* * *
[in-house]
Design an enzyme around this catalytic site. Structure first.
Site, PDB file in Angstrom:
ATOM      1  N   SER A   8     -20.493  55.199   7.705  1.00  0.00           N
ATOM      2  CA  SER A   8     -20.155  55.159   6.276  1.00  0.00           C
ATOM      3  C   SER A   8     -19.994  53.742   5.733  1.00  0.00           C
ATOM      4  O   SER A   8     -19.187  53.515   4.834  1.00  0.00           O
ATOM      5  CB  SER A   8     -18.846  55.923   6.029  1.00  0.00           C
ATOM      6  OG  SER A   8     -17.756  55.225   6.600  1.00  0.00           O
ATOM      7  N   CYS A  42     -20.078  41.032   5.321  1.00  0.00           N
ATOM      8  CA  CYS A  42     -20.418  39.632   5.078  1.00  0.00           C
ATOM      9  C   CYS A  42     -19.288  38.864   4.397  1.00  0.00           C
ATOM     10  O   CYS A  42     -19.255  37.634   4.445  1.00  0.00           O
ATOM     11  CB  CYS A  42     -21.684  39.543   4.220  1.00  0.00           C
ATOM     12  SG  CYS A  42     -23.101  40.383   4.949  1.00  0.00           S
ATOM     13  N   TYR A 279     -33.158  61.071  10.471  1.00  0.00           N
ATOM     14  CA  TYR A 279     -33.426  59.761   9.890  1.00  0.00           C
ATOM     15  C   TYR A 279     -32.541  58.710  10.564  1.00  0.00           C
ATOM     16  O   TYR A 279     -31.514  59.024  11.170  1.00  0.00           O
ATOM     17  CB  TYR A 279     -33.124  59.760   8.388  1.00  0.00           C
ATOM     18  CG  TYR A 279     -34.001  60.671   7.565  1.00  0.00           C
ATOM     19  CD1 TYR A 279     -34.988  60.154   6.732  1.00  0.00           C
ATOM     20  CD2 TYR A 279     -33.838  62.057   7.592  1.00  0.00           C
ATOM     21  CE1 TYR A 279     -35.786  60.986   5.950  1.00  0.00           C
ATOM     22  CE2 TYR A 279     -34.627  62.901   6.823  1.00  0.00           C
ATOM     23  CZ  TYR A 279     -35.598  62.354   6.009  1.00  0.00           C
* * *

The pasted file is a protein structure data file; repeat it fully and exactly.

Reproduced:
[in-house]
Design an enzyme around this catalytic site. Structure first.
Site, PDB file in Angstrom:
ATOM      1  N   SER A   8     -20.493  55.199   7.705  1.00  0.00           N
ATOM      2  CA  SER A   8     -20.155  55.159   6.276  1.00  0.00           C
ATOM      3  C   SER A   8     -19.994  53.742   5.733  1.00  0.00           C
ATOM      4  O   SER A   8     -19.187  53.515   4.834  1.00  0.00           O
ATOM      5  CB  SER A   8     -18.846  55.923   6.029  1.00  0.00           C
ATOM      6  OG  SER A   8     -17.756  55.225   6.600  1.00  0.00           O
ATOM      7  N   CYS A  42     -20.078  41.032   5.321  1.00  0.00           N
ATOM      8  CA  CYS A  42     -20.418  39.632   5.078  1.00  0.00           C
ATOM      9  C   CYS A  42     -19.288  38.864   4.397  1.00  0.00           C
ATOM     10  O   CYS A  42     -19.255  37.634   4.445  1.00  0.00           O
ATOM     11  CB  CYS A  42     -21.684  39.543   4.220  1.00  0.00           C
ATOM     12  SG  CYS A  42     -23.101  40.383   4.949  1.00  0.00           S
ATOM     13  N   TYR A 279     -33.158  61.071  10.471  1.00  0.00           N
ATOM     14  CA  TYR A 279     -33.426  59.761   9.890  1.00  0.00           C
ATOM     15  C   TYR A 279     -32.541  58.710  10.564  1.00  0.00           C
ATOM     16  O   TYR A 279     -31.514  59.024  11.170  1.00  0.00           O
ATOM     17  CB  TYR A 279     -33.124  59.760   8.388  1.00  0.00           C
ATOM     18  CG  TYR A 279     -34.001  60.671   7.565  1.00  0.00           C
ATOM     19  CD1 TYR A 279     -34.988  60.154   6.732  1.00  0.00           C
ATOM     20  CD2 TYR A 279     -33.838  62.057   7.592  1.00  0.00           C
ATOM     21  CE1 TYR A 279     -35.786  60.986   5.950  1.00  0.00           C
ATOM     22  CE2 TYR A 279     -34.627  62.901   6.823  1.00  0.00           C
ATOM     23  CZ  TYR A 279     -35.598  62.354   6.009  1.00  0.00           C